Critical Role: A New Beginning
On October 12th, 2017, critters witnessed the ending of the story of Vox Machina on Geek and Sundry’s hit show, Critical Role. Critical Role, for those not familiar with the show, is a live game of Dungeons and Dragons (D&D) played by a group of voice actors. They play almost every week for three to four hours at a time. In the almost three years the show has been on they have aired over 370 hours of original content (for the sake of comparison, The Simpsons has made just over 200 hours over the past 27 years). This past week the fans got their first glimpse of the new campaign of Critical Role which included a new opening to the show.
Perhaps one of the greatest things about Critical Role is the community that has sprung up around it. Fans of the show (known as critters) are artists, dungeon masters, musicians, statistical nerds, psychologists among other things. Over the course of the two year Vox Machina campaign, critter artists created enough fan art that an official art book was released in 2017 filled with hundreds of drawings from various artists in the community.
Change can often be difficult, and with a new campaign starting some might have worried that critters would not welcome the new characters. Such worries were unfounded. Over 90,000 viewers watched Critical Role live on Twitch.TV with more on Geek and Sundry’s subscription service, Alpha.
In less than a week, hundreds of pieces of fan art have been created, with some critters even starting to cosplay as the new characters. The fans and the cast seem to be experiencing delight in the new campaign.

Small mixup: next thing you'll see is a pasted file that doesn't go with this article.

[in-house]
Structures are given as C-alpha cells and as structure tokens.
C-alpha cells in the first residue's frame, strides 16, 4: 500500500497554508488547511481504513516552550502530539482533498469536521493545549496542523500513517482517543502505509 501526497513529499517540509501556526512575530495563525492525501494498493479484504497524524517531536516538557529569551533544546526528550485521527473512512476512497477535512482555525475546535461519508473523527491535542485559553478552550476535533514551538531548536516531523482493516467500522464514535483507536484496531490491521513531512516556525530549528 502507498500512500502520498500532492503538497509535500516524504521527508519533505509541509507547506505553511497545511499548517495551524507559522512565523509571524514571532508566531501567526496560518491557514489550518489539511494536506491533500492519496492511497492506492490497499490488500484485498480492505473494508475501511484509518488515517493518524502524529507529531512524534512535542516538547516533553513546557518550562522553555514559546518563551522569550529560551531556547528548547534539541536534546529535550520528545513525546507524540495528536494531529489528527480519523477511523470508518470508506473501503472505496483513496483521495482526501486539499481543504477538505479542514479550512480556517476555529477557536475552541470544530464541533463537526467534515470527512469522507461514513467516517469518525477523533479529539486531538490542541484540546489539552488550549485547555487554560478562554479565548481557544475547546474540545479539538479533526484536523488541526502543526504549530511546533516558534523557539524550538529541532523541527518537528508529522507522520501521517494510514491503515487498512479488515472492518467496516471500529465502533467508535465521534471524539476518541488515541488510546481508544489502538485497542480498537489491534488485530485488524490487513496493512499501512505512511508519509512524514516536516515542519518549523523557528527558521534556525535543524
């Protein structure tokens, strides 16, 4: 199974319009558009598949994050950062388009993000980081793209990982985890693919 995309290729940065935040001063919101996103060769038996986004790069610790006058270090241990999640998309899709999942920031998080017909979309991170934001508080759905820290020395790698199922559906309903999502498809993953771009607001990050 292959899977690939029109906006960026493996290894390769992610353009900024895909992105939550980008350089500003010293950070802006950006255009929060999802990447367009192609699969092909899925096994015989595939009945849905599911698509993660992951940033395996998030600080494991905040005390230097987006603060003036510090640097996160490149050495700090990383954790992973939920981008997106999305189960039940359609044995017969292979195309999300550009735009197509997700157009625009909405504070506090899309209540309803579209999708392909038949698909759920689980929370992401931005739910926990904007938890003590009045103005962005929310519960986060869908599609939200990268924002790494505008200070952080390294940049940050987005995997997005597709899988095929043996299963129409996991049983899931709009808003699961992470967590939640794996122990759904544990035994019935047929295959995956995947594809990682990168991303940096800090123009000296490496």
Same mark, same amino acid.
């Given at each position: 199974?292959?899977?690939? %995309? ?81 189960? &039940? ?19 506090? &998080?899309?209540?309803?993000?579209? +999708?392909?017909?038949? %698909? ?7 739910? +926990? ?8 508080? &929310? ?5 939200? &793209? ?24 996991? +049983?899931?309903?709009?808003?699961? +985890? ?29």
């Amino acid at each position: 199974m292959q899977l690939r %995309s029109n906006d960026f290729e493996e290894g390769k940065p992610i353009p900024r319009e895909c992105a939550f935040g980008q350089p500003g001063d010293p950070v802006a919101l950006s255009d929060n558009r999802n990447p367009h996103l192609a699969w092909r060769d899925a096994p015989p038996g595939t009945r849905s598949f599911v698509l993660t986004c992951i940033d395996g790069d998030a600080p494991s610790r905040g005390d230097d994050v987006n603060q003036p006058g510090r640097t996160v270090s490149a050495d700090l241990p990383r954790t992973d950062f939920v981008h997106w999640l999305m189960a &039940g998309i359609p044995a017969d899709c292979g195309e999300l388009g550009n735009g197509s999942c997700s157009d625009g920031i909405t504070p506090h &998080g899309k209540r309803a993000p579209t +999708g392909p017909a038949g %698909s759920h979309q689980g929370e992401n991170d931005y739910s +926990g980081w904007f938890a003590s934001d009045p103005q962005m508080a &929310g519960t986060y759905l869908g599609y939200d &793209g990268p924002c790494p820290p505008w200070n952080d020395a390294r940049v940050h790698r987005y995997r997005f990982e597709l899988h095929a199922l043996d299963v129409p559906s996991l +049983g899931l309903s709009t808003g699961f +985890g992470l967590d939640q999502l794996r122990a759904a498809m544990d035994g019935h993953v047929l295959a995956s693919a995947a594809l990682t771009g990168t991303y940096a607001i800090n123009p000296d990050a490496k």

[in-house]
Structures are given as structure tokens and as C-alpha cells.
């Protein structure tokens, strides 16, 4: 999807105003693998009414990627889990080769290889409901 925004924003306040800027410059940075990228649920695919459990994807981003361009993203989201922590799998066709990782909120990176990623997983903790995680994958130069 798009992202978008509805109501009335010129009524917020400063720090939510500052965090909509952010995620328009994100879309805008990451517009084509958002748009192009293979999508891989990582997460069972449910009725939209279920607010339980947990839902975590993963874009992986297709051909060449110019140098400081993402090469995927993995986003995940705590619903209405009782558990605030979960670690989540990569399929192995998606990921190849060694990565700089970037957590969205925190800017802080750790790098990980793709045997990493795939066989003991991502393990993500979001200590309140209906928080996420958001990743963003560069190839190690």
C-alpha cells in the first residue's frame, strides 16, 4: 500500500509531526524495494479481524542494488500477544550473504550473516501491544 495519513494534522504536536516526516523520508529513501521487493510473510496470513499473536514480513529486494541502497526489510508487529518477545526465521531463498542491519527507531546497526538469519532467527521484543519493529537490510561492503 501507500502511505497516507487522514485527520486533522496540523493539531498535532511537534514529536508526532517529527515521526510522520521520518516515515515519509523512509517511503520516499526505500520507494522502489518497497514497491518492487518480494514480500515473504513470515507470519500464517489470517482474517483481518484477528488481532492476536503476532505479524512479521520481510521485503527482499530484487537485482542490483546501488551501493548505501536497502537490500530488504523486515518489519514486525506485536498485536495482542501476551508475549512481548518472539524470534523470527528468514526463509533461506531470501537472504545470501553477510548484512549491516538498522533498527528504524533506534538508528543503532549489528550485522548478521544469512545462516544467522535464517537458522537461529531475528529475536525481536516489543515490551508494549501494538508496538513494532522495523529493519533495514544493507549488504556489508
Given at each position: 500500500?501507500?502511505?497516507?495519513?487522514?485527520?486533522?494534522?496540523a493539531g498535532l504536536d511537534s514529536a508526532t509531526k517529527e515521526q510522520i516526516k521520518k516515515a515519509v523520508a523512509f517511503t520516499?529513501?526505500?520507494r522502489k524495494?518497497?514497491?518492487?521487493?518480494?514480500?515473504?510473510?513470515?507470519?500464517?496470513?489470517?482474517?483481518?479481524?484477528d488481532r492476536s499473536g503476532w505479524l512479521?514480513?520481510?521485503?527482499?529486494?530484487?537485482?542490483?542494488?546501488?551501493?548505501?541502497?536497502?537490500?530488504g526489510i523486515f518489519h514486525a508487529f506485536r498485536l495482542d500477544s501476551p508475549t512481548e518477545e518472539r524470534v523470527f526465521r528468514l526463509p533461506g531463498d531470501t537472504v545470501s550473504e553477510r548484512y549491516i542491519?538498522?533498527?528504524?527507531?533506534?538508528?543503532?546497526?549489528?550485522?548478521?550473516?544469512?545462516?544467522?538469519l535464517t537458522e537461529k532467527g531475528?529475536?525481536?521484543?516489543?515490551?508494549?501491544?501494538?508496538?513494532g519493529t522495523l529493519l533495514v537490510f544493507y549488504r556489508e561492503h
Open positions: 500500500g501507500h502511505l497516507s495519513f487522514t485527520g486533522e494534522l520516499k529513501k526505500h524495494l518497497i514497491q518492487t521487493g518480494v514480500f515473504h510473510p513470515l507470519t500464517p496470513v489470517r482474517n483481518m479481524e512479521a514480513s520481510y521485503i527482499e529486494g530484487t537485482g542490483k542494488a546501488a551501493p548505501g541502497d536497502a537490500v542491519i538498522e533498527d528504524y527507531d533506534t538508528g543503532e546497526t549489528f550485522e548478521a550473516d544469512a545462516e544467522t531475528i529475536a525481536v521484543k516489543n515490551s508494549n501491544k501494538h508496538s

Personally, I love the art that has captured the characters from the previous campaign welcoming in the new characters, such as this piece:
Too often, the internet can be a place where people are cruel to one another.
The critter community is a great exception. Critters are a fun, creative, passionate, and supportive community. Critters encourage one another to create fan art, fan fiction, cosplay and start games of their own. In part because of shows like Critical Role, D&D has seen a resurgence in recent years with 2017 being the most profitable year ever for D&D. In my opinion, more D&D is a very good thing.
Chris Perkins, lead designer for Wizards of the Coast—the company that makes the official D&D books and campaigns—has said that he believes the world would be a better place if everyone played D&D. I agree with this belief.
One thing I have witnessed in therapy is the healing power of creation. Many who struggle with psychological problems find creation of all kinds to be incredibly healing and therapeutic. Further, being a part of an active and supportive community can also be very helpful.
Playing D&D allows one to spend quality time with friends, engage in creative endeavors and be a part of a story where they get to be the main character. Therapists all over the country are utilizing the healing power of D&D by creating therapy groups that use D&D as a therapy tool. We are even seeing new research that is showing that being an engaged viewer of shows such as Critical Role can also carry some of the same psychological benefits as playing.
If you have not yet gotten into Critical Role, now is a great time to join the critter community. Last week’s episode is available for viewing on Geek and Sundry’s webpage, or in podcast form starting Thursday the 18th of January 2018. As we learn more about the new characters, I will write about them. For now let us welcome Caleb, Nott, Jester, Beauregard, Fjord, Mollymauk and Yasha.
I can’t wait to see more of your adventures together.
There is so much more amazing art that has been created around this show. To view some of it search #CriticalRoleArt on Twitter.